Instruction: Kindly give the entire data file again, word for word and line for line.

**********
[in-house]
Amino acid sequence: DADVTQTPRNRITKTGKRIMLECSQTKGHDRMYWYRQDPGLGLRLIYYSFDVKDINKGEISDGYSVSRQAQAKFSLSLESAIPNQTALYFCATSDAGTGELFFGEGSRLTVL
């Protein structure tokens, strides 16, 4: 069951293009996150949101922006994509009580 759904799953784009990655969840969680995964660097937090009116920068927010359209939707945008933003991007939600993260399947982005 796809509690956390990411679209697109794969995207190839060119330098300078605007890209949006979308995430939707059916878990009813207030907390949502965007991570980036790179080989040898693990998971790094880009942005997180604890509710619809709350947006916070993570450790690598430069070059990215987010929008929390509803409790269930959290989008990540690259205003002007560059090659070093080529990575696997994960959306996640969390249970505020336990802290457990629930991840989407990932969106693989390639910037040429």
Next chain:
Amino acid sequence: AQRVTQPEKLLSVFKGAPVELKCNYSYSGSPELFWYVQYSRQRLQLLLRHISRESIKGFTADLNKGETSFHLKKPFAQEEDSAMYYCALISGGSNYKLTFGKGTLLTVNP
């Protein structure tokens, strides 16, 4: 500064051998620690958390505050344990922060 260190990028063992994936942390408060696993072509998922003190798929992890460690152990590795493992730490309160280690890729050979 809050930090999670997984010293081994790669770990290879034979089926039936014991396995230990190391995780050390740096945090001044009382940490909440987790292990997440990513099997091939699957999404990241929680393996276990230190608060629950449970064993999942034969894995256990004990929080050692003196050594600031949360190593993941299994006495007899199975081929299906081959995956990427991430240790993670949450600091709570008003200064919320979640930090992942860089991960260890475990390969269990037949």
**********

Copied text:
[in-house]
Amino acid sequence: DADVTQTPRNRITKTGKRIMLECSQTKGHDRMYWYRQDPGLGLRLIYYSFDVKDINKGEISDGYSVSRQAQAKFSLSLESAIPNQTALYFCATSDAGTGELFFGEGSRLTVL
């Protein structure tokens, strides 16, 4: 069951293009996150949101922006994509009580 759904799953784009990655969840969680995964660097937090009116920068927010359209939707945008933003991007939600993260399947982005 796809509690956390990411679209697109794969995207190839060119330098300078605007890209949006979308995430939707059916878990009813207030907390949502965007991570980036790179080989040898693990998971790094880009942005997180604890509710619809709350947006916070993570450790690598430069070059990215987010929008929390509803409790269930959290989008990540690259205003002007560059090659070093080529990575696997994960959306996640969390249970505020336990802290457990629930991840989407990932969106693989390639910037040429």
Next chain:
Amino acid sequence: AQRVTQPEKLLSVFKGAPVELKCNYSYSGSPELFWYVQYSRQRLQLLLRHISRESIKGFTADLNKGETSFHLKKPFAQEEDSAMYYCALISGGSNYKLTFGKGTLLTVNP
């Protein structure tokens, strides 16, 4: 500064051998620690958390505050344990922060 260190990028063992994936942390408060696993072509998922003190798929992890460690152990590795493992730490309160280690890729050979 809050930090999670997984010293081994790669770990290879034979089926039936014991396995230990190391995780050390740096945090001044009382940490909440987790292990997440990513099997091939699957999404990241929680393996276990230190608060629950449970064993999942034969894995256990004990929080050692003196050594600031949360190593993941299994006495007899199975081929299906081959995956990427991430240790993670949450600091709570008003200064919320979640930090992942860089991960260890475990390969269990037949």